New Zealand is a great place to do business. And we all want to keep it that way.
That’s exactly why, in 2013, the Government brought the Anti-Money Laundering and Countering Financing of Terrorism Act into full force.
New Zealand’s AML/CFT Act, specifically designed to protect New Zealander’s against the threat of money laundering and terrorist financing (ML/TF), requires that all Reporting Entities complete an independent audit every two years.
These audits systematically check that the Reporting Entity’s AML/CFT Risk Assessment and Programme are functioning effectively and that the policies and procedures in place are addressing the ML/TF risks specific to its business.
This may include consideration of whether controls for vetting, AML/CFT training, record-keeping, reporting of suspicious activities, customer due diligence requirements, and other regulations are being fulfilled, for example. It may also include an examination of whether the measures in place are based on the entity’s Risk Assessment, and whether these measures are being followed, not just in theory, but in practice.
These audits play a huge role in New Zealand’s overall AML/CFT regime. Given that the DIA, FMA, and Reserve Bank of New Zealand (who manage the ACT and supervise Reporting Entities) don’t have the time or resources to audit every single business, these auditing obligations instead fall on every reporting entity nationwide.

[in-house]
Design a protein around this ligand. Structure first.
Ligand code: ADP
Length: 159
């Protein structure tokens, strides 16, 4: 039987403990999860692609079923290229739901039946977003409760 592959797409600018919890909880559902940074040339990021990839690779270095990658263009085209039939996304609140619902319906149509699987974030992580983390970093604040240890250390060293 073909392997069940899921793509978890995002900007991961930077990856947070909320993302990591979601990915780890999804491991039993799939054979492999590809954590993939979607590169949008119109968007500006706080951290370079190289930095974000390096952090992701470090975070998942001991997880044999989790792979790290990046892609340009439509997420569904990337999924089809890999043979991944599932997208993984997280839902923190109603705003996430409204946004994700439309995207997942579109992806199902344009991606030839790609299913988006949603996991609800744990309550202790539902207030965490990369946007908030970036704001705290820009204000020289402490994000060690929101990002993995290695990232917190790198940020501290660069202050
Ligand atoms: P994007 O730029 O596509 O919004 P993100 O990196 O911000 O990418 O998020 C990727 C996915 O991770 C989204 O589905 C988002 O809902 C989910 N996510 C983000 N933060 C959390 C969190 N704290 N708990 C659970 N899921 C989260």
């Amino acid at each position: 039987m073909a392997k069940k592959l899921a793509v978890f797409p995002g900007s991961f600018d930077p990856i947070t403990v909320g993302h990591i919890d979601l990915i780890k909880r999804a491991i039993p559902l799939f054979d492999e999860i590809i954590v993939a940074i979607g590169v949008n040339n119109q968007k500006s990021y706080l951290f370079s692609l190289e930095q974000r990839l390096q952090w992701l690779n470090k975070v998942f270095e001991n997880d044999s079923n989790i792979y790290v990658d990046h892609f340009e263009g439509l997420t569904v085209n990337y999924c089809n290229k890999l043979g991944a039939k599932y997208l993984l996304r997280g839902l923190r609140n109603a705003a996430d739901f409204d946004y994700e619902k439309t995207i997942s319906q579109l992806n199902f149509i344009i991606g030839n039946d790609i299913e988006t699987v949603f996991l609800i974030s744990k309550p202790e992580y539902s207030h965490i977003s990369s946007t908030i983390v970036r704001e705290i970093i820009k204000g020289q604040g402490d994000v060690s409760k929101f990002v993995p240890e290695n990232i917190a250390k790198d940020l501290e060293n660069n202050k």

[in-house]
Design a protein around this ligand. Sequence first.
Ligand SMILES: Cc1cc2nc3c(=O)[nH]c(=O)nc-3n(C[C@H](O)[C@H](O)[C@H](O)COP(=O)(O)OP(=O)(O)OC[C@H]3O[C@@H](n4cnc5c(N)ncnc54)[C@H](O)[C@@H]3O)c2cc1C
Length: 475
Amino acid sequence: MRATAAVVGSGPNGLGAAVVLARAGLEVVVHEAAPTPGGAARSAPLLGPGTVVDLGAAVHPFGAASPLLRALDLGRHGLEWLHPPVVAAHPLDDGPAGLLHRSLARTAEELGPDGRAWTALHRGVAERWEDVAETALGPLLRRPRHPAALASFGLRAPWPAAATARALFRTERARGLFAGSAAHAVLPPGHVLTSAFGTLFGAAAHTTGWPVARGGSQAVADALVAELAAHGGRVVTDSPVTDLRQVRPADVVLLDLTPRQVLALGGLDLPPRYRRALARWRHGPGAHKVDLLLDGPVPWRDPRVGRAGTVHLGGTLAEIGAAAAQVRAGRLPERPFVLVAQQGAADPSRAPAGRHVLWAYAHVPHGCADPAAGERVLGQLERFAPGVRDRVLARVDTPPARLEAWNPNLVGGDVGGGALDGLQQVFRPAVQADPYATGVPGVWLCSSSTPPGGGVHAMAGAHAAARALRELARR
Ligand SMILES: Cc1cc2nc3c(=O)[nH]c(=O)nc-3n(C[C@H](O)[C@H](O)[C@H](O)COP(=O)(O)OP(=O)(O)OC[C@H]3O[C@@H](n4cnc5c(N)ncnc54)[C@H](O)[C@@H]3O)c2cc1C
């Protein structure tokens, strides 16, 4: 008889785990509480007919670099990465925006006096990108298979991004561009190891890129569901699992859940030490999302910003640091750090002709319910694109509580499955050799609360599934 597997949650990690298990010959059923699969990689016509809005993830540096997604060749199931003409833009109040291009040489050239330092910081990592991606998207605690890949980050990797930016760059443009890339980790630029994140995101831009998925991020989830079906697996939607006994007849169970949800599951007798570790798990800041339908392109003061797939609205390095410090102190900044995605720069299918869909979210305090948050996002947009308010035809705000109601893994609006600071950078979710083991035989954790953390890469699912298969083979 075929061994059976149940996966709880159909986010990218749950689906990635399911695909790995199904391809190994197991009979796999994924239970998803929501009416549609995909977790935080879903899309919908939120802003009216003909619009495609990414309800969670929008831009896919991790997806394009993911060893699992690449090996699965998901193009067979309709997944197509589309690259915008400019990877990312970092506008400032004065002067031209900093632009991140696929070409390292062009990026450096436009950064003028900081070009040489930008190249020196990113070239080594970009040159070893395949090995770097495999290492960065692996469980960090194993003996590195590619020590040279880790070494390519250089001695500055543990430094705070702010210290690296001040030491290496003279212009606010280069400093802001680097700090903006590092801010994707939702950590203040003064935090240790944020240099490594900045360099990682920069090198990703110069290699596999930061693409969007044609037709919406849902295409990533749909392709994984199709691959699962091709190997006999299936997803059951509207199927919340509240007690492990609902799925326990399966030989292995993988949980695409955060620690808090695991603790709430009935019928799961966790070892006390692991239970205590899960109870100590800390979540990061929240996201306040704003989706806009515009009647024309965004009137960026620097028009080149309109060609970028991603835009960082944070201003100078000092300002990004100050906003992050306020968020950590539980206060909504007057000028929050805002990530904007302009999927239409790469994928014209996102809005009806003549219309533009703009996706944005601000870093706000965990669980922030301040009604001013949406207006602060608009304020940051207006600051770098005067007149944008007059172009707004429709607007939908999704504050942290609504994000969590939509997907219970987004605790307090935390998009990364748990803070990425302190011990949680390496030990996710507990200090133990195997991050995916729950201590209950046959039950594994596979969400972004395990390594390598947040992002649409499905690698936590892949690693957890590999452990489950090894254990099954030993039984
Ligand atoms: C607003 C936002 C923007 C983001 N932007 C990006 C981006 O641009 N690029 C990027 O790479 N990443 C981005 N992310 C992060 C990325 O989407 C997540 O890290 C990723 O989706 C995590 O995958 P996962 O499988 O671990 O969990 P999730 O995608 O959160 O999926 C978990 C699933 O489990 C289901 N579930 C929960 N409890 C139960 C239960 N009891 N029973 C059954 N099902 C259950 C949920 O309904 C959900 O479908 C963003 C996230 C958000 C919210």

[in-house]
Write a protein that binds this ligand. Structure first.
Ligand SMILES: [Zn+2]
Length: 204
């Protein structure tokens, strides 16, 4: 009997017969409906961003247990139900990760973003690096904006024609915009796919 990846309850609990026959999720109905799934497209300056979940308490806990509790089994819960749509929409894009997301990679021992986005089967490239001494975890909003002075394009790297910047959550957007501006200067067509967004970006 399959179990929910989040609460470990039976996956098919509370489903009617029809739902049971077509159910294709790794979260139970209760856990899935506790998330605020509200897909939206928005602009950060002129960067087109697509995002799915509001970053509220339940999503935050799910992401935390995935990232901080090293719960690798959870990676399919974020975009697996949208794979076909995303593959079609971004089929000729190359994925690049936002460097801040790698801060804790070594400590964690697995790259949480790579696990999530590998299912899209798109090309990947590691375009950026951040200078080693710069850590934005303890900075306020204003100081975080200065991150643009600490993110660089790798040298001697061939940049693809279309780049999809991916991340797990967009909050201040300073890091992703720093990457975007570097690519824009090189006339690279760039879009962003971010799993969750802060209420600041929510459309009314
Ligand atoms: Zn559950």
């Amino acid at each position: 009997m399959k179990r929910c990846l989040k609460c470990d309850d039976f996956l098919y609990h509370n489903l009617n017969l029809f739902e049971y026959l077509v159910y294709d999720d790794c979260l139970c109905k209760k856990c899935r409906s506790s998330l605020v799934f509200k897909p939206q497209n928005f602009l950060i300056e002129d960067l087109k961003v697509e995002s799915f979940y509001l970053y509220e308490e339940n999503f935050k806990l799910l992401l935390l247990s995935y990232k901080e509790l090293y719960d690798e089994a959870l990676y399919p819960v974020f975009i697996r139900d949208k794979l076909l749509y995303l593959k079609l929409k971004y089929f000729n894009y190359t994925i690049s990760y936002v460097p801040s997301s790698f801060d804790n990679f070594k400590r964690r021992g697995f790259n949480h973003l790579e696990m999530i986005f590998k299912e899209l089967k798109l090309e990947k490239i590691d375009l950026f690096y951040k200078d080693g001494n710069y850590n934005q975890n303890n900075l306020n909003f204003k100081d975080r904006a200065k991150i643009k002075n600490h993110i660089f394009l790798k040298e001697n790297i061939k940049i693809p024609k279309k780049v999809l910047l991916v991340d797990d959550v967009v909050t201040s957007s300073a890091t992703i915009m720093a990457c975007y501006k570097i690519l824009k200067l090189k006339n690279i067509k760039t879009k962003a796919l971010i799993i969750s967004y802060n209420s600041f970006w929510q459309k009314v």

This independent audit is separate from the Reporting Entity’s own internal review of their AML/CFT Risk Assessment and Programme.
The outcome of the independent audit is a written report on:
  • whether the minimum requirements of the AML/CFT Risk Assessment and Programme are being met, and whether that Programme is adequate and effective
  • whether there are any weaknesses in systems and processes
  • which areas have the highest priority for improvement
  • whether any changes are required
  • recommendations for rectifying non-compliance
These independent audits, and the resultant report, for Accounting and Book-Keeping businesses, were due recently – on the 30th of September. Although there is some flexibility for entities who were adversely affected by Covid-19, it’s best sorted sooner rather than later, so any non-compliance issues can be resolved.
The Act stipulates that these audits must be undertaken by someone completely independent of the entity, who has not been involved in the development, implementation, or maintenance of the AML/CFT Programme.
This person must have the relevant skills, experience, and knowledge of the AML/CFT Act and Regulations, and have an appropriate qualification to prove it.
Some sectors may be able to meet their obligations through reciprocal audit arrangements between two auditors. However, Chartered Accountants cannot enter into such an arrangement, as this would breach their professional obligations.
Entities may also choose to appoint an external firm to undertake the audit from a fresh and impartial perspective.
That’s exactly where we come in – One AML is a fully qualified independent AML/CFT audit firm that can assist any Reporting Entity with the completion of their AML/CFT audit and the fulfilment of their obligations.
So, if you’re an Accounting or Book-Keeping business who would like professional and specialised assistance in completing your audit, get in touch today.
Our highly experienced team can verify the adequacy of your Programme with all of your AML/CTF obligations, identify any problem areas, and help you find solutions to rectify deficiencies and ensure compliance.